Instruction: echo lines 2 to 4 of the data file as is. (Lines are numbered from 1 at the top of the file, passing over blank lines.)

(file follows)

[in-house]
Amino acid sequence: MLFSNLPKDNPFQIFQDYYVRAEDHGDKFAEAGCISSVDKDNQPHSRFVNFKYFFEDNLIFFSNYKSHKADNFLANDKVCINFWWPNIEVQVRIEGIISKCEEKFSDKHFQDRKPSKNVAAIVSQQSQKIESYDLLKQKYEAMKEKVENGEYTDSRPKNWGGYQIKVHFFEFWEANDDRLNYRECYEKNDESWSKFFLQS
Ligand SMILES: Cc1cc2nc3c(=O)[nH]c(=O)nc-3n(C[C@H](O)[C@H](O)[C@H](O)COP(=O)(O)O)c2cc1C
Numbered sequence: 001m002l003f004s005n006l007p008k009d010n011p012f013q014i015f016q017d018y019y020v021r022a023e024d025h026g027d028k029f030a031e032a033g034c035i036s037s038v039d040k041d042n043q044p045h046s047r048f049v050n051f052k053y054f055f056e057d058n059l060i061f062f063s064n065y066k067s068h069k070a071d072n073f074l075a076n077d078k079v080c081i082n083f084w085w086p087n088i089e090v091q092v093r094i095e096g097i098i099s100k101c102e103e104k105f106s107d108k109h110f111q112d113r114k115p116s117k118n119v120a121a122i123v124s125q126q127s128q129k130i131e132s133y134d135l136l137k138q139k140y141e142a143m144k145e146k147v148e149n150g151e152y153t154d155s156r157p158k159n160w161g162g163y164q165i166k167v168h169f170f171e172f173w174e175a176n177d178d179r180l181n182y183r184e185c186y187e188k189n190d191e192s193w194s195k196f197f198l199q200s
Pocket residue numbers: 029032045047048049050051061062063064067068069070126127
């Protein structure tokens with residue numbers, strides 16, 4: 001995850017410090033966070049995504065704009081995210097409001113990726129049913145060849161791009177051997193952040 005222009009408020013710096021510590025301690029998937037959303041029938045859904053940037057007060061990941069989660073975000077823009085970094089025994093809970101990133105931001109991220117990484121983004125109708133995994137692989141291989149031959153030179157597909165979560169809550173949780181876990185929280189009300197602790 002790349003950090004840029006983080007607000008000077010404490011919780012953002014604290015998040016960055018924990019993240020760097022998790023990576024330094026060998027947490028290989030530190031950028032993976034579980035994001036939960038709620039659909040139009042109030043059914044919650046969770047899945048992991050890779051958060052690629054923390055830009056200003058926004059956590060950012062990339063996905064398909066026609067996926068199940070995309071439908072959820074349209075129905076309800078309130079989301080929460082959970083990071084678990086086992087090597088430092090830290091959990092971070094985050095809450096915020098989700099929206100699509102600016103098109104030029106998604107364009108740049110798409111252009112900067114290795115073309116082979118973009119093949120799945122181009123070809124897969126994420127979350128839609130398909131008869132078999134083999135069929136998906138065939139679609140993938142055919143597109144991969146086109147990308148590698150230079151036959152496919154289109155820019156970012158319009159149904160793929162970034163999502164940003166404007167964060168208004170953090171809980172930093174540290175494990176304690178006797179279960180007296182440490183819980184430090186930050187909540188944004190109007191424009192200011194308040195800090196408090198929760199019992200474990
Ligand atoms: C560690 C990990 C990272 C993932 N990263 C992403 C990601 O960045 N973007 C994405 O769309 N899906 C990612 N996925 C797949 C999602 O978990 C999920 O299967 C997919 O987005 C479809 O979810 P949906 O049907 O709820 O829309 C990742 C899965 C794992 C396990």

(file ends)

Amino acid sequence: MLFSNLPKDNPFQIFQDYYVRAEDHGDKFAEAGCISSVDKDNQPHSRFVNFKYFFEDNLIFFSNYKSHKADNFLANDKVCINFWWPNIEVQVRIEGIISKCEEKFSDKHFQDRKPSKNVAAIVSQQSQKIESYDLLKQKYEAMKEKVENGEYTDSRPKNWGGYQIKVHFFEFWEANDDRLNYRECYEKNDESWSKFFLQS
Ligand SMILES: Cc1cc2nc3c(=O)[nH]c(=O)nc-3n(C[C@H](O)[C@H](O)[C@H](O)COP(=O)(O)O)c2cc1C
Numbered sequence: 001m002l003f004s005n006l007p008k009d010n011p012f013q014i015f016q017d018y019y020v021r022a023e024d025h026g027d028k029f030a031e032a033g034c035i036s037s038v039d040k041d042n043q044p045h046s047r048f049v050n051f052k053y054f055f056e057d058n059l060i061f062f063s064n065y066k067s068h069k070a071d072n073f074l075a076n077d078k079v080c081i082n083f084w085w086p087n088i089e090v091q092v093r094i095e096g097i098i099s100k101c102e103e104k105f106s107d108k109h110f111q112d113r114k115p116s117k118n119v120a121a122i123v124s125q126q127s128q129k130i131e132s133y134d135l136l137k138q139k140y141e142a143m144k145e146k147v148e149n150g151e152y153t154d155s156r157p158k159n160w161g162g163y164q165i166k167v168h169f170f171e172f173w174e175a176n177d178d179r180l181n182y183r184e185c186y187e188k189n190d191e192s193w194s195k196f197f198l199q200s